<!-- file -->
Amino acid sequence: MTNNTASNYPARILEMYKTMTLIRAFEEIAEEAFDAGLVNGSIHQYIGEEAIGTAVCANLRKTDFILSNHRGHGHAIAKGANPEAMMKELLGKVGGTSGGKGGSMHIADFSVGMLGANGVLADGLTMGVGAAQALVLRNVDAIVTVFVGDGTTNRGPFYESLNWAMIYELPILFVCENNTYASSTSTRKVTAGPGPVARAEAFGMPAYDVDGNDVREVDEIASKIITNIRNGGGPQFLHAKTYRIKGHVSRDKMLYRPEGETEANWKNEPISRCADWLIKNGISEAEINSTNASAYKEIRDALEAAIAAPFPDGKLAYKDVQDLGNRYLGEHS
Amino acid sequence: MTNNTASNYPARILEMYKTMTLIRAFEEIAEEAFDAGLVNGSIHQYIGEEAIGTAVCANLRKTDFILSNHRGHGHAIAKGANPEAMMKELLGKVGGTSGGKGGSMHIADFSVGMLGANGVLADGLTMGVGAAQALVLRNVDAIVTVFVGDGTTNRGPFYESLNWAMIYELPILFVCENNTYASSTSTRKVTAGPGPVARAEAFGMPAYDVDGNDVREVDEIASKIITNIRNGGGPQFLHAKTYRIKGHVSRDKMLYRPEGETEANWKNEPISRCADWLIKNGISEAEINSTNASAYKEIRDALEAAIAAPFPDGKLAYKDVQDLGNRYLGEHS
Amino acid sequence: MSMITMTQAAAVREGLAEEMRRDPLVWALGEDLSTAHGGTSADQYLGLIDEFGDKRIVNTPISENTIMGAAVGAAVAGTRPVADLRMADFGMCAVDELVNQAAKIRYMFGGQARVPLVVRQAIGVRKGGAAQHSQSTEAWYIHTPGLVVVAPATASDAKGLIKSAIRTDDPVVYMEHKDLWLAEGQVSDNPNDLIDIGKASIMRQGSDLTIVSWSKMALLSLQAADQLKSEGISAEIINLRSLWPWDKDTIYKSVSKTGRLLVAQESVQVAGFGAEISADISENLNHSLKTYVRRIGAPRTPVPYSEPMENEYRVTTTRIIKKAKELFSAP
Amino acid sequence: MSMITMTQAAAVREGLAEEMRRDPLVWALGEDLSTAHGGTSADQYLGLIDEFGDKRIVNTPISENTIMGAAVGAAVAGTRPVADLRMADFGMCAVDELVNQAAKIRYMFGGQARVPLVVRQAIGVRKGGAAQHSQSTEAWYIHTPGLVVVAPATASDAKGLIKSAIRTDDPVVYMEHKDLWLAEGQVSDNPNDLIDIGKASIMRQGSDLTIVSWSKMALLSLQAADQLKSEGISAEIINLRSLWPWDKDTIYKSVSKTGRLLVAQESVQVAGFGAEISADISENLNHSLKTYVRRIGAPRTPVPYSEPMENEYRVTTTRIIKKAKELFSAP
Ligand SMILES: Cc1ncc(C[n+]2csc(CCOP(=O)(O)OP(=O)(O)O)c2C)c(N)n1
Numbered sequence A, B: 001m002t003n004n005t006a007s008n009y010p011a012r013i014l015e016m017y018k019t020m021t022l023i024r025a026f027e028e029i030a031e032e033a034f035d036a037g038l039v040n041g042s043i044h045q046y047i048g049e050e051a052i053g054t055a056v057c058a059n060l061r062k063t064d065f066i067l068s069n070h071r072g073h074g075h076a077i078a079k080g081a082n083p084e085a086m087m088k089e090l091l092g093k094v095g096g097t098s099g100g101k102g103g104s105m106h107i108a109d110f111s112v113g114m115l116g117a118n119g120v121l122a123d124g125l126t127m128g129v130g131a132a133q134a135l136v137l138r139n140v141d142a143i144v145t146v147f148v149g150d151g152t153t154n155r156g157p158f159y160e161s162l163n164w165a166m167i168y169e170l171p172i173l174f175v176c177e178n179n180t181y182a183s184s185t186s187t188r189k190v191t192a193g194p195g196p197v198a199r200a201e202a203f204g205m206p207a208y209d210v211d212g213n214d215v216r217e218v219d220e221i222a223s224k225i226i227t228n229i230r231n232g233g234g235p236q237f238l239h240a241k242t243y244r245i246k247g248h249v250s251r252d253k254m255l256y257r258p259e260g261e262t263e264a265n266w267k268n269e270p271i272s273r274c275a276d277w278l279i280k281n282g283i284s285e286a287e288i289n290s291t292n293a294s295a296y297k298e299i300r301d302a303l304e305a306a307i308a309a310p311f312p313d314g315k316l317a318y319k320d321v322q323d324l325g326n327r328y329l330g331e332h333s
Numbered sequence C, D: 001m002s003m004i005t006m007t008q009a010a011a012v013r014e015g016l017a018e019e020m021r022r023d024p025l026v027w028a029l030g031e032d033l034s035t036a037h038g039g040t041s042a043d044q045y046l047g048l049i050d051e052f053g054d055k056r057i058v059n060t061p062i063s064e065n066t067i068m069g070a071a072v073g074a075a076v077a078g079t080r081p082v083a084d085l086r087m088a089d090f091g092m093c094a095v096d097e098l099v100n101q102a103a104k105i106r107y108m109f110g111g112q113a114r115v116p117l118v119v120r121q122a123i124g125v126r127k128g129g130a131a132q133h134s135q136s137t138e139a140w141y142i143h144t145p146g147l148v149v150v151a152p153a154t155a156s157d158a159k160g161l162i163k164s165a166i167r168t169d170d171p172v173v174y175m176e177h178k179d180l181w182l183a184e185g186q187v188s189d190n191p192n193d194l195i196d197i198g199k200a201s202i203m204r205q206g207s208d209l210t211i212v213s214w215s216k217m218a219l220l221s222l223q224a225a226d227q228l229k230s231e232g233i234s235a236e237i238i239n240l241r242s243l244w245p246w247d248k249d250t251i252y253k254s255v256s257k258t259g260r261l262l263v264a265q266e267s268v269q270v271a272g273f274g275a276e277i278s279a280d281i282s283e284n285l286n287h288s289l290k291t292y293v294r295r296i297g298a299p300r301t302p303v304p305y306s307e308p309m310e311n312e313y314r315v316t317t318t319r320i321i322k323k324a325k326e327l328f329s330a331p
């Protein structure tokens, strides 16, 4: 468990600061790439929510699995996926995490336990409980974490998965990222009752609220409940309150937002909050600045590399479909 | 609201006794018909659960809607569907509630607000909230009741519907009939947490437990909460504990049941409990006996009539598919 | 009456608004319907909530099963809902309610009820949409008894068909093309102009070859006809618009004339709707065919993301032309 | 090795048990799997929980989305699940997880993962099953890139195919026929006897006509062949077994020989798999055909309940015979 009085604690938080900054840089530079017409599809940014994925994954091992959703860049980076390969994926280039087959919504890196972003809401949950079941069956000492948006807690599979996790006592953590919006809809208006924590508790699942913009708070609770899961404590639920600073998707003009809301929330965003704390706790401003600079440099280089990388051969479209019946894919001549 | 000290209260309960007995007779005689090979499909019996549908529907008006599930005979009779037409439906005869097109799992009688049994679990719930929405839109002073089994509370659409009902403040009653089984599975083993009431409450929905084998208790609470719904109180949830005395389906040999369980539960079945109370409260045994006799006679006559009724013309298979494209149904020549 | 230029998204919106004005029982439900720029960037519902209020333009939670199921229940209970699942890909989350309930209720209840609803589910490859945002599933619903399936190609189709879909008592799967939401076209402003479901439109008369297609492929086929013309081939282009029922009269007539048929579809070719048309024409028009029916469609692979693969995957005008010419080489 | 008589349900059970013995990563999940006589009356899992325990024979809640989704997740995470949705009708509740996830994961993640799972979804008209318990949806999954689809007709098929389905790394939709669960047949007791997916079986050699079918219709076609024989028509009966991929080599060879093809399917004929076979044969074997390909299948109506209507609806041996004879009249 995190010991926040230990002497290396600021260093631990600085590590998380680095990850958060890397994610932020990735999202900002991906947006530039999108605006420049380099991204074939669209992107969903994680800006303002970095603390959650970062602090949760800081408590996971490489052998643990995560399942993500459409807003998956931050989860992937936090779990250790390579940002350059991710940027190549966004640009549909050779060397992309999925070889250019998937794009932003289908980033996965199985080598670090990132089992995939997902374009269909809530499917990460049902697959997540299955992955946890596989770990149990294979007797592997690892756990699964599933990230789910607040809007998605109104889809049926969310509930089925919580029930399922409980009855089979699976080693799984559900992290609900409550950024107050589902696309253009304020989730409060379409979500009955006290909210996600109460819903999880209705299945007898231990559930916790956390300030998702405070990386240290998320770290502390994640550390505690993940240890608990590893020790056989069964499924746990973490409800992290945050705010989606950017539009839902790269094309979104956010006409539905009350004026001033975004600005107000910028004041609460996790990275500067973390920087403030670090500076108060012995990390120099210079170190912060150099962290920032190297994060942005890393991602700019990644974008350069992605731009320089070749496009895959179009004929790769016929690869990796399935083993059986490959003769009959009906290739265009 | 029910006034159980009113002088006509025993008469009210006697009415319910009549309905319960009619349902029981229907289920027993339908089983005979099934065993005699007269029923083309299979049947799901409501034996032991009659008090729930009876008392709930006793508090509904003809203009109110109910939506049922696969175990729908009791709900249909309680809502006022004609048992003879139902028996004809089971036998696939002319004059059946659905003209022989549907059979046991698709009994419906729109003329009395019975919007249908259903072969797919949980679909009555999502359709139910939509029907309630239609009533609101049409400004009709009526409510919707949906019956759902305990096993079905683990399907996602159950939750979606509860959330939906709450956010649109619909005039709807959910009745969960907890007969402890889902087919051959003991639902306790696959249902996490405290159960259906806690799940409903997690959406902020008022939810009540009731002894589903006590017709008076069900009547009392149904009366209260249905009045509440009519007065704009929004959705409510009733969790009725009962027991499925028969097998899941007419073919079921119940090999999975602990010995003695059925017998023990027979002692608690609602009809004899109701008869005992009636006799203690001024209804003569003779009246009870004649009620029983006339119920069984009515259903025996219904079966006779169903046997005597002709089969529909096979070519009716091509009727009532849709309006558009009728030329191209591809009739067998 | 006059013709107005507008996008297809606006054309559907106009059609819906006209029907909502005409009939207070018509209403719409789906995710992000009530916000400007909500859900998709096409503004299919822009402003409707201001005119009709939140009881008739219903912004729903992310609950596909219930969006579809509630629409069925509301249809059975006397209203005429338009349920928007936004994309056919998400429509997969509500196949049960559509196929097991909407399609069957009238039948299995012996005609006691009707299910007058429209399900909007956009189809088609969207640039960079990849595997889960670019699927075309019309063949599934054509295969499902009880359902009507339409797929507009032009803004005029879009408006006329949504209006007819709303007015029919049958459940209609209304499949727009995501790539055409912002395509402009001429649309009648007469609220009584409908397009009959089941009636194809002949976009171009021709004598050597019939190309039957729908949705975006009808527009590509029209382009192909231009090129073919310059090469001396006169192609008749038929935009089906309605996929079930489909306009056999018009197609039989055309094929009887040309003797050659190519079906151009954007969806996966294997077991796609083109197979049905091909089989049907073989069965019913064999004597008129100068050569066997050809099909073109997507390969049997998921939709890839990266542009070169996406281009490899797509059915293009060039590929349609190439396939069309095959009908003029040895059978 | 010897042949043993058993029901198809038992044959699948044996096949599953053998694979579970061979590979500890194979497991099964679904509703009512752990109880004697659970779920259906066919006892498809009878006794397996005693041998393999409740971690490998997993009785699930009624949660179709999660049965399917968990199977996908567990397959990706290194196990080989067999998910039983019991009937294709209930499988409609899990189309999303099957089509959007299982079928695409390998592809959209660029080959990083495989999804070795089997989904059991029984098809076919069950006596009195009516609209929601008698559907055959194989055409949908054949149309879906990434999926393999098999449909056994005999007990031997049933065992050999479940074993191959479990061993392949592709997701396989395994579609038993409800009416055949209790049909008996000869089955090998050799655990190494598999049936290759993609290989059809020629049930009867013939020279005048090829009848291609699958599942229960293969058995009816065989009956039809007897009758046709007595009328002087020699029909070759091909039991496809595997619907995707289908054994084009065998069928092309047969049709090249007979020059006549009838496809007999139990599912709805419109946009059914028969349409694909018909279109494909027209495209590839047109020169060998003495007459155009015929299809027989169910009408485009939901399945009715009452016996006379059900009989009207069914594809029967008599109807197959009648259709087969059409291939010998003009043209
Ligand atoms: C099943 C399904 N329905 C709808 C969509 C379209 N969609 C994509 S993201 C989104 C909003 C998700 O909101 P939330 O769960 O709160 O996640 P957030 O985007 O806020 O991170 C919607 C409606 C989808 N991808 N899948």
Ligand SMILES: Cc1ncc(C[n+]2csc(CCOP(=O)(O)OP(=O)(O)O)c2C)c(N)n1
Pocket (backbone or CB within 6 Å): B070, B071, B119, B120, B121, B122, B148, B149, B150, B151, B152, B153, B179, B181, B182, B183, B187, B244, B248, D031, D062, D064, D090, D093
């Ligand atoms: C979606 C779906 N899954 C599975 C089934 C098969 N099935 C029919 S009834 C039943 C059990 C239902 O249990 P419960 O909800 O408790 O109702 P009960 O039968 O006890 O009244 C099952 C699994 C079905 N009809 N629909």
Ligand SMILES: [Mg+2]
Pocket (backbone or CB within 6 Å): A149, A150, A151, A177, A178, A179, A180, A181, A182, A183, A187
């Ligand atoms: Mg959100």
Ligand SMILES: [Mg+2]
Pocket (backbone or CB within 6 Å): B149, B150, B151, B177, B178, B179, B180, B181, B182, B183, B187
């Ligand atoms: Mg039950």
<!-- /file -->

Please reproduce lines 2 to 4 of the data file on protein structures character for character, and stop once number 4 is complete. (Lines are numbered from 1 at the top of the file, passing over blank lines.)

Amino acid sequence: MTNNTASNYPARILEMYKTMTLIRAFEEIAEEAFDAGLVNGSIHQYIGEEAIGTAVCANLRKTDFILSNHRGHGHAIAKGANPEAMMKELLGKVGGTSGGKGGSMHIADFSVGMLGANGVLADGLTMGVGAAQALVLRNVDAIVTVFVGDGTTNRGPFYESLNWAMIYELPILFVCENNTYASSTSTRKVTAGPGPVARAEAFGMPAYDVDGNDVREVDEIASKIITNIRNGGGPQFLHAKTYRIKGHVSRDKMLYRPEGETEANWKNEPISRCADWLIKNGISEAEINSTNASAYKEIRDALEAAIAAPFPDGKLAYKDVQDLGNRYLGEHS
Amino acid sequence: MSMITMTQAAAVREGLAEEMRRDPLVWALGEDLSTAHGGTSADQYLGLIDEFGDKRIVNTPISENTIMGAAVGAAVAGTRPVADLRMADFGMCAVDELVNQAAKIRYMFGGQARVPLVVRQAIGVRKGGAAQHSQSTEAWYIHTPGLVVVAPATASDAKGLIKSAIRTDDPVVYMEHKDLWLAEGQVSDNPNDLIDIGKASIMRQGSDLTIVSWSKMALLSLQAADQLKSEGISAEIINLRSLWPWDKDTIYKSVSKTGRLLVAQESVQVAGFGAEISADISENLNHSLKTYVRRIGAPRTPVPYSEPMENEYRVTTTRIIKKAKELFSAP
Amino acid sequence: MSMITMTQAAAVREGLAEEMRRDPLVWALGEDLSTAHGGTSADQYLGLIDEFGDKRIVNTPISENTIMGAAVGAAVAGTRPVADLRMADFGMCAVDELVNQAAKIRYMFGGQARVPLVVRQAIGVRKGGAAQHSQSTEAWYIHTPGLVVVAPATASDAKGLIKSAIRTDDPVVYMEHKDLWLAEGQVSDNPNDLIDIGKASIMRQGSDLTIVSWSKMALLSLQAADQLKSEGISAEIINLRSLWPWDKDTIYKSVSKTGRLLVAQESVQVAGFGAEISADISENLNHSLKTYVRRIGAPRTPVPYSEPMENEYRVTTTRIIKKAKELFSAP